Chapter 21 Quotes

You wanted a women’s culture. Well, now there is one. It isn’t what you meant, but it exists. Be thankful for small mercies.

Related Characters: Offred (speaker), Offred’s Mother
Page Number: 127
Explanation and Analysis:

Offred is at Janine's house while Janine is giving birth, and has been recalling her time in the Red Center, when the women were shown videos of "unwomen." One of these videos showed Offred's mother at a feminist rally, and Offred then remembers the fights she and her mother used to have about feminism. At the Red Centre, she recalls thinking about her mother, who had "wanted a women's culture." The Red Centre––along with the whole structure of Handmaids, wives, and other castes of women––is, as Offred reflects in this passage, a "women's culture" of sorts. Socialization is segregated by gender, so women spend time almost exclusively with other women, engaged in "feminine" activities such as housework.

This passage suggests that Offred believes radical feminism was part of a chain of events that led to the establishment of Gilead. While she acknowledges that the hyper-religious, restricted world she now lives in is far from what her mother and other feminists intended, it seems that the backlash against radical feminist activity helped to bring about this new, ultra traditional era. Her comment "Be thankful for small mercies" is largely ironic, a reference to the religious imperative that Offred be grateful for the hellish world in which she now lives. On the other hand, we could perhaps read a note of sincerity in it, too – although the "women's culture" Offred now lives in is misogynist and oppressive, there are several moments when she finds strength and solidarity through her connections to other women, such as Moira, Ofglen, and the previous Handmaid.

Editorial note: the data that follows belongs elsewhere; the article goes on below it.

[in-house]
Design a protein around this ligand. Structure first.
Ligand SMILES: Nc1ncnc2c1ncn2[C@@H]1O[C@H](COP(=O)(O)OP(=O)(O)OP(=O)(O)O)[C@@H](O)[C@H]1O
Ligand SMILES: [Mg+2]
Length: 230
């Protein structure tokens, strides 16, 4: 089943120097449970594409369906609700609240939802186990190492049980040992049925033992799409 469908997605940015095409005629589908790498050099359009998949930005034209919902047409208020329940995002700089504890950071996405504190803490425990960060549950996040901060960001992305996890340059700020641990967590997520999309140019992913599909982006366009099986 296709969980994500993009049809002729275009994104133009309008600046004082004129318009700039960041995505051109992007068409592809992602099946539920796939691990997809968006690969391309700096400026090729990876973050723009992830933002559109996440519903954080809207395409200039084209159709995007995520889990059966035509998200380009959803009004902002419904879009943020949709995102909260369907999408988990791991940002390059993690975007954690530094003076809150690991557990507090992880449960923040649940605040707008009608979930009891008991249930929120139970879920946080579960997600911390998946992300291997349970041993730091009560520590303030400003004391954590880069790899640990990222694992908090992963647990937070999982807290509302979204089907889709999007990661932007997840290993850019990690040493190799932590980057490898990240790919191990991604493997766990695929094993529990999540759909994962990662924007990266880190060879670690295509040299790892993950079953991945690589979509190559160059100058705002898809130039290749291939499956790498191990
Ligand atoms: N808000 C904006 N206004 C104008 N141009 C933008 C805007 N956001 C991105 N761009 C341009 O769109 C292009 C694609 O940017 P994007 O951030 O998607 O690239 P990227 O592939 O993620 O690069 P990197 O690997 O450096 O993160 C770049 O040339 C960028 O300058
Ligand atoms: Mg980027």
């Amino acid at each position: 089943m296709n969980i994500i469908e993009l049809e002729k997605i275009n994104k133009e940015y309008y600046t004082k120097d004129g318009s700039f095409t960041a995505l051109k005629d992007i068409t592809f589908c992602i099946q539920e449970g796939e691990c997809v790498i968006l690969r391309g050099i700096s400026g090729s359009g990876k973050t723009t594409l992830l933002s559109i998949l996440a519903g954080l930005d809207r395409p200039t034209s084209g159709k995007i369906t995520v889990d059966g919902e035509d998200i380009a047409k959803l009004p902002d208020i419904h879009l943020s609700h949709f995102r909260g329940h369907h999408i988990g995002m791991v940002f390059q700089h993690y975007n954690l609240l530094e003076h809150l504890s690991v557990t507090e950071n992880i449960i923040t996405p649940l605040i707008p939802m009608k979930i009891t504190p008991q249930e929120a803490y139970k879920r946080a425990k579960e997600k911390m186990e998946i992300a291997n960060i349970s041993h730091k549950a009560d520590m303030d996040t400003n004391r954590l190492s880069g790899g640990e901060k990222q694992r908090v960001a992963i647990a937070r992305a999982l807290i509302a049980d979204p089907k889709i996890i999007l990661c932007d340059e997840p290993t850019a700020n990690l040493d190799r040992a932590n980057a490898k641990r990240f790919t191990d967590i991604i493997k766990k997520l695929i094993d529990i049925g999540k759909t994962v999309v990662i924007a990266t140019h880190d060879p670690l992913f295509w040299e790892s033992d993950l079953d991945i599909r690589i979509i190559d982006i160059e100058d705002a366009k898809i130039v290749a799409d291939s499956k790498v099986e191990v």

Chapter 24 Quotes

You can think clearly only with your clothes on.

Related Characters: Offred (speaker)
Page Number: 143
Explanation and Analysis:

Offred has secretly spent an evening with the Commander, playing an illicit game of Scrabble and then sharing a kiss. Back in her room, she sits on her bed with her clothes on, waiting before taking them off because she can't think clearly without them.

This observation reveals the complexity of the various forms of oppression to which women are subjected in the novel. In many ways, Offred's extremely modest and unwieldy Handmaid's uniform is oppressive––it robs her of individuality, and implies that her body is shameful. On the other hand, this quotation shows that nakedness can also be disempowering. Although her uniform is somewhat ridiculous and uncomfortable, Offred evidently feels protected by it. Her words suggest that concealing her body allows freedom and clarity in her mind. 

Chapter 33 Quotes

But people will do anything rather than admit that their lives have no meaning. No use, that is. No plot.

Related Characters: Offred (speaker)
Page Number: 215
Explanation and Analysis:

Ofred and Ofglen have gone to a Prayvaganza, and Oflgen observes that Janine has been moved to another family because the baby she had turned out to be a "shredder." Ofglen reveals that Janine thinks she has been punished by God for having sex with the doctor in order to get pregnant; Offred reflects that Janine only thinks this way to give her life a sense of meaning, a coherent "plot." This thought draws an interesting parallel between religion and storytelling.

Just as Janine and other true believers convince themselves that they live in order to please God, Offred gives her own life meaning by making a story out of it. This comparison allows Offred to feel sympathy for even the most reprehensible characters in the novel, as she believes their actions are motivated by their own fear and suffering. 

Chapter 40 Quotes

All I can hope for is a reconstruction: the way love feels is always only approximate.

Related Characters: Offred (speaker)
Page Number: 263
Explanation and Analysis:

Compelled by Serena Joy, Offred has gone to Nick's apartment in order to have sex with him in the hope of getting pregnant. Offred tells several versions of her encounter with Nick; the first portrays the experience as positive and passionate, the second as awkward and transactional. She then admits that it is hard to accurately recreate what happened between them, saying "the way love feels is always only approximate."